While many of the families directly impacted by 9/11 might have been covered by health and life insurance, sky-high medical expenses are left behind and many of these charities establish funds to help families who lost a loved one or have someone to care for as a result of 9/11.



4. Honoring 911 by Visiting Attack Sites
Everyone should make the trek to see at least one of the 9/11 sites. Whether it is the 9/11 Memorial at the Pentagon, the 9/11 Memorial and Museum at Ground Zero, or the Flight 93 Memorial. Every American should make the time to visit these solemn grounds and reflect on what happened that day.

The Flight 93 Memorial is managed by the National Park Service. The other two sites are managed by non-profits.

In addition to visiting the sites, donations are accepted for two of those sites which are managed by non-profit organizations. Honoring 911 by visiting the sites and donating money to support their upkeep and awareness programs is a good way to help keep this important moment in American history alive for generations to come.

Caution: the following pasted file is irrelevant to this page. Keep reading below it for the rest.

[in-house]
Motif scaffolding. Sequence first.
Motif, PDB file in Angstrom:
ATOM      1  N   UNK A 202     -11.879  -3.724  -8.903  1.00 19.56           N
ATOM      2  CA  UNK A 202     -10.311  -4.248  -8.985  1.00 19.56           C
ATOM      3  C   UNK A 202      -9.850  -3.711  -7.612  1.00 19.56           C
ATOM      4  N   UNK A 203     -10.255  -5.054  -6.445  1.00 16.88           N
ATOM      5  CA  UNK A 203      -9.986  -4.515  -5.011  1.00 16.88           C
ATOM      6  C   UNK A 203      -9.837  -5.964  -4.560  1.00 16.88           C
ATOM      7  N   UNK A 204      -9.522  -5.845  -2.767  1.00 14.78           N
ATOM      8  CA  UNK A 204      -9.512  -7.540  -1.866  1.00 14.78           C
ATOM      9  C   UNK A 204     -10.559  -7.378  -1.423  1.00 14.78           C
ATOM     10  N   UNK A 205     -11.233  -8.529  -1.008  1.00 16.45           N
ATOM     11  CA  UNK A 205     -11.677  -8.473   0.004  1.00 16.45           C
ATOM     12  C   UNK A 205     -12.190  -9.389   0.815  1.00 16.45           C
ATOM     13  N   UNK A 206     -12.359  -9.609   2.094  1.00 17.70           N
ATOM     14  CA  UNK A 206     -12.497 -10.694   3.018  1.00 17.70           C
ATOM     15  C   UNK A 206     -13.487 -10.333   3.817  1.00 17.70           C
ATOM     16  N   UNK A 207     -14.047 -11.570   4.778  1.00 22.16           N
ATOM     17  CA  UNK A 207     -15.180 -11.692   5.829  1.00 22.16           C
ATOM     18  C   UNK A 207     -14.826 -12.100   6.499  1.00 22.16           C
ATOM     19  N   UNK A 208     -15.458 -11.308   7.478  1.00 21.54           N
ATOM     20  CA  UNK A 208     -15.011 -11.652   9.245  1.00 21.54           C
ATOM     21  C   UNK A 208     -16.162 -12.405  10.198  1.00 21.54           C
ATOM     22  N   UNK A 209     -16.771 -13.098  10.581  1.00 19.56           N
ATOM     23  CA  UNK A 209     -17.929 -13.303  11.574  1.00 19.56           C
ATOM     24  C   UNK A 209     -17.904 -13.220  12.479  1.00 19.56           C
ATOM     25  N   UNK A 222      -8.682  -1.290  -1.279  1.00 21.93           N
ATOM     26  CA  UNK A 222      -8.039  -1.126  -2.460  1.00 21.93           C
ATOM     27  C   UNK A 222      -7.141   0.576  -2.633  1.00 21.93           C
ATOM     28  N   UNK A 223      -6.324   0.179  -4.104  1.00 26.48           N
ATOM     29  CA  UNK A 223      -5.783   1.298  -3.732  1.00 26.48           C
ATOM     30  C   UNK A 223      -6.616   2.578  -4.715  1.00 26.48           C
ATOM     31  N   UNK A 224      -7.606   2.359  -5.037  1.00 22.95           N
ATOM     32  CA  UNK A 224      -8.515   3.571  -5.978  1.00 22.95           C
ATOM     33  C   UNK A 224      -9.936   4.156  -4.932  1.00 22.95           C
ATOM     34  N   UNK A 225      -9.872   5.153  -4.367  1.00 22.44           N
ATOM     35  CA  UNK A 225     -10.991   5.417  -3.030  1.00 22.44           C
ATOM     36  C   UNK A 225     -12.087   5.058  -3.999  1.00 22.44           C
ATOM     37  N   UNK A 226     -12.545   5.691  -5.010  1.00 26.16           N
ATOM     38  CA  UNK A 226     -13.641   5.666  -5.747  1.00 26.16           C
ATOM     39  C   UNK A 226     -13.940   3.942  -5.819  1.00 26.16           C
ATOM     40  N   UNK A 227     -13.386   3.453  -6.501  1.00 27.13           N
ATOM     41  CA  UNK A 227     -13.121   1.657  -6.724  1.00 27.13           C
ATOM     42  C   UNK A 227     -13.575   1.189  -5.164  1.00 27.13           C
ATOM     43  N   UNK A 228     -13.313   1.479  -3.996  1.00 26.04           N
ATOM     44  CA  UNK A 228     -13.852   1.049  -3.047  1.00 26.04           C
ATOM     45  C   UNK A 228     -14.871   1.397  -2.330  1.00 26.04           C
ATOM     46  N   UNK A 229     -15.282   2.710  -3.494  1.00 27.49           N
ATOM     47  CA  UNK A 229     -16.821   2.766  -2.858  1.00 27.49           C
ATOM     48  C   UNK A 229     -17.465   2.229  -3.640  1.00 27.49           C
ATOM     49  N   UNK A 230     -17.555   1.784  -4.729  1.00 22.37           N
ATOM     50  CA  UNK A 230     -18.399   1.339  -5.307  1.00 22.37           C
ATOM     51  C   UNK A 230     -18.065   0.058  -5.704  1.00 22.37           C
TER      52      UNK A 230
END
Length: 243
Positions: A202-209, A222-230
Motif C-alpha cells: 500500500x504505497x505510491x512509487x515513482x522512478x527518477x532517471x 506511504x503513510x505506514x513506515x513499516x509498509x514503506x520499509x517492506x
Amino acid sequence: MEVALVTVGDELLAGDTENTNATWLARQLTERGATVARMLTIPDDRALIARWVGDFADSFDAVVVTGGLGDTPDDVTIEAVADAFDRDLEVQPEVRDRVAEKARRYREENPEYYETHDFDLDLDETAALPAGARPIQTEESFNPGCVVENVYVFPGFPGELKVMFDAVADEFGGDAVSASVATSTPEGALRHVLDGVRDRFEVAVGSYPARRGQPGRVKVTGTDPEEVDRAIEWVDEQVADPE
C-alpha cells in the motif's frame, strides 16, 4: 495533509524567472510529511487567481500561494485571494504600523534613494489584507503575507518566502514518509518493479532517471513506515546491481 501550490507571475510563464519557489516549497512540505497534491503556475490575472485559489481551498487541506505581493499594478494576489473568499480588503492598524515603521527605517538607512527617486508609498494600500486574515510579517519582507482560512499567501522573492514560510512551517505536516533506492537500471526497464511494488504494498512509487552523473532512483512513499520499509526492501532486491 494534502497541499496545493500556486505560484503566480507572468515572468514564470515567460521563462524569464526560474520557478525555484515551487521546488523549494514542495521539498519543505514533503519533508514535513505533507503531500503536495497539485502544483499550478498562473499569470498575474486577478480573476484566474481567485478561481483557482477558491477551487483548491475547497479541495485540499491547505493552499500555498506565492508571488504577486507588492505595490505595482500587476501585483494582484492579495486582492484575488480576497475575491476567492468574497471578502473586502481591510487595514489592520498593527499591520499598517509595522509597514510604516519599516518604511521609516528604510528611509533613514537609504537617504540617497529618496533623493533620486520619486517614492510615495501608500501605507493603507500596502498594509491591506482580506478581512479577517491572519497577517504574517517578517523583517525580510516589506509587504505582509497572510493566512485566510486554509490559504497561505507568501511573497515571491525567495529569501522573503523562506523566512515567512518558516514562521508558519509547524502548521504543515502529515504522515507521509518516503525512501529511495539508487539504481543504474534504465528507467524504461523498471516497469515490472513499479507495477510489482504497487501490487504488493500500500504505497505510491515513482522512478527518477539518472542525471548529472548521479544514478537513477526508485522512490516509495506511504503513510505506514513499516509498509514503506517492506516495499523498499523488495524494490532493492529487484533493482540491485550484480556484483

But beyond donating money, visiting these sites is stirring. It is overwhelming to be at the site where such a horrific human tragedy occurred.

5. Honoring 911 by Sharing
Probably the most important way of honoring 911 is to talk about it, especially to younger generations. Young Americans should be aware of what happened on 9/11 and having discussions with them is far more educational than what can be taught in a history book.

Honoring 911 by talking about where you were, what you were doing, what you saw, how you felt, is far more impactful to a person who is too young to remember 9/11.

The attacks of September 11, 2001 are an important part of American history. Everyday we should honor those who died that day, but we should undoubtedly do something to reflect on September 11th of every year.